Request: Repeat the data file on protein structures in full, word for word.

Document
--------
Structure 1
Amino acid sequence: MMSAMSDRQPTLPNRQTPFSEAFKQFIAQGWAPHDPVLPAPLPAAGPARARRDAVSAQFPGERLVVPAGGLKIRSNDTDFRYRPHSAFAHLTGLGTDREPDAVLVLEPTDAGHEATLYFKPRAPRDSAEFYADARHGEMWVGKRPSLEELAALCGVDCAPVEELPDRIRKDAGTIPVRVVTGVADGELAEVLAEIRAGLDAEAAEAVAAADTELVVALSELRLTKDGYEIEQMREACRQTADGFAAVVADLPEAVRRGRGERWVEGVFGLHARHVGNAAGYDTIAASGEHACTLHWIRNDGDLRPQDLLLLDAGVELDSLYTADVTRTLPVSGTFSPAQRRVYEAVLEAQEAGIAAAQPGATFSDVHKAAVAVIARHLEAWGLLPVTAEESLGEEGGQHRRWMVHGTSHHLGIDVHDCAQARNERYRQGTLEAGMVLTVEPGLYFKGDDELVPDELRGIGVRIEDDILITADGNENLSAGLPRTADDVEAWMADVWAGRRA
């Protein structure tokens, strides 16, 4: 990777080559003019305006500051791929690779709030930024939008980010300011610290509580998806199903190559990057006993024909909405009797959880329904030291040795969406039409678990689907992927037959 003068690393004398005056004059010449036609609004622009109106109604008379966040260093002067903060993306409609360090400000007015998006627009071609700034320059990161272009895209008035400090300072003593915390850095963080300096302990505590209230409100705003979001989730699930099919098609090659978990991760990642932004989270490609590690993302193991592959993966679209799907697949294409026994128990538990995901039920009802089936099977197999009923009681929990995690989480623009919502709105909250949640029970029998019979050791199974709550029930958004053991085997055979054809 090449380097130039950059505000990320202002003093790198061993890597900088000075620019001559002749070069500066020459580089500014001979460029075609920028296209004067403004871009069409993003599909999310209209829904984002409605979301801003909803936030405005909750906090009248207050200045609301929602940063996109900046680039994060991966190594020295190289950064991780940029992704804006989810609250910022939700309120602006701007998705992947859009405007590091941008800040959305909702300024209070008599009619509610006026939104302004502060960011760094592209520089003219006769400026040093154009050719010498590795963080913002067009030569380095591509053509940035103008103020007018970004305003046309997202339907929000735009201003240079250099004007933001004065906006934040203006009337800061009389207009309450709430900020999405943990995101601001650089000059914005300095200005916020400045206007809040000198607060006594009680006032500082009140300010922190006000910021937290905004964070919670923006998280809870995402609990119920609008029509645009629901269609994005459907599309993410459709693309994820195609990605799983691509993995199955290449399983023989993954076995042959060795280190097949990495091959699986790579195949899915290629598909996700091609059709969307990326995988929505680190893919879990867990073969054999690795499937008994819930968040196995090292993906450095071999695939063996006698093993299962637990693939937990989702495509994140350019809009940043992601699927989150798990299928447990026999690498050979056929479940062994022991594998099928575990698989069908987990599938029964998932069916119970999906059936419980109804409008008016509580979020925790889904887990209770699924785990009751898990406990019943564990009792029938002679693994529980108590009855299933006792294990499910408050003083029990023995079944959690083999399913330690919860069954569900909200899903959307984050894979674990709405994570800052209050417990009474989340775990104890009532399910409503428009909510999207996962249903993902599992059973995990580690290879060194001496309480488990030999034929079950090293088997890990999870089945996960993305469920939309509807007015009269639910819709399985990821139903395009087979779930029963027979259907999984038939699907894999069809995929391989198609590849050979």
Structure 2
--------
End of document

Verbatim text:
Structure 1
Amino acid sequence: MMSAMSDRQPTLPNRQTPFSEAFKQFIAQGWAPHDPVLPAPLPAAGPARARRDAVSAQFPGERLVVPAGGLKIRSNDTDFRYRPHSAFAHLTGLGTDREPDAVLVLEPTDAGHEATLYFKPRAPRDSAEFYADARHGEMWVGKRPSLEELAALCGVDCAPVEELPDRIRKDAGTIPVRVVTGVADGELAEVLAEIRAGLDAEAAEAVAAADTELVVALSELRLTKDGYEIEQMREACRQTADGFAAVVADLPEAVRRGRGERWVEGVFGLHARHVGNAAGYDTIAASGEHACTLHWIRNDGDLRPQDLLLLDAGVELDSLYTADVTRTLPVSGTFSPAQRRVYEAVLEAQEAGIAAAQPGATFSDVHKAAVAVIARHLEAWGLLPVTAEESLGEEGGQHRRWMVHGTSHHLGIDVHDCAQARNERYRQGTLEAGMVLTVEPGLYFKGDDELVPDELRGIGVRIEDDILITADGNENLSAGLPRTADDVEAWMADVWAGRRA
């Protein structure tokens, strides 16, 4: 990777080559003019305006500051791929690779709030930024939008980010300011610290509580998806199903190559990057006993024909909405009797959880329904030291040795969406039409678990689907992927037959 003068690393004398005056004059010449036609609004622009109106109604008379966040260093002067903060993306409609360090400000007015998006627009071609700034320059990161272009895209008035400090300072003593915390850095963080300096302990505590209230409100705003979001989730699930099919098609090659978990991760990642932004989270490609590690993302193991592959993966679209799907697949294409026994128990538990995901039920009802089936099977197999009923009681929990995690989480623009919502709105909250949640029970029998019979050791199974709550029930958004053991085997055979054809 090449380097130039950059505000990320202002003093790198061993890597900088000075620019001559002749070069500066020459580089500014001979460029075609920028296209004067403004871009069409993003599909999310209209829904984002409605979301801003909803936030405005909750906090009248207050200045609301929602940063996109900046680039994060991966190594020295190289950064991780940029992704804006989810609250910022939700309120602006701007998705992947859009405007590091941008800040959305909702300024209070008599009619509610006026939104302004502060960011760094592209520089003219006769400026040093154009050719010498590795963080913002067009030569380095591509053509940035103008103020007018970004305003046309997202339907929000735009201003240079250099004007933001004065906006934040203006009337800061009389207009309450709430900020999405943990995101601001650089000059914005300095200005916020400045206007809040000198607060006594009680006032500082009140300010922190006000910021937290905004964070919670923006998280809870995402609990119920609008029509645009629901269609994005459907599309993410459709693309994820195609990605799983691509993995199955290449399983023989993954076995042959060795280190097949990495091959699986790579195949899915290629598909996700091609059709969307990326995988929505680190893919879990867990073969054999690795499937008994819930968040196995090292993906450095071999695939063996006698093993299962637990693939937990989702495509994140350019809009940043992601699927989150798990299928447990026999690498050979056929479940062994022991594998099928575990698989069908987990599938029964998932069916119970999906059936419980109804409008008016509580979020925790889904887990209770699924785990009751898990406990019943564990009792029938002679693994529980108590009855299933006792294990499910408050003083029990023995079944959690083999399913330690919860069954569900909200899903959307984050894979674990709405994570800052209050417990009474989340775990104890009532399910409503428009909510999207996962249903993902599992059973995990580690290879060194001496309480488990030999034929079950090293088997890990999870089945996960993305469920939309509807007015009269639910819709399985990821139903395009087979779930029963027979259907999984038939699907894999069809995929391989198609590849050979």
Structure 2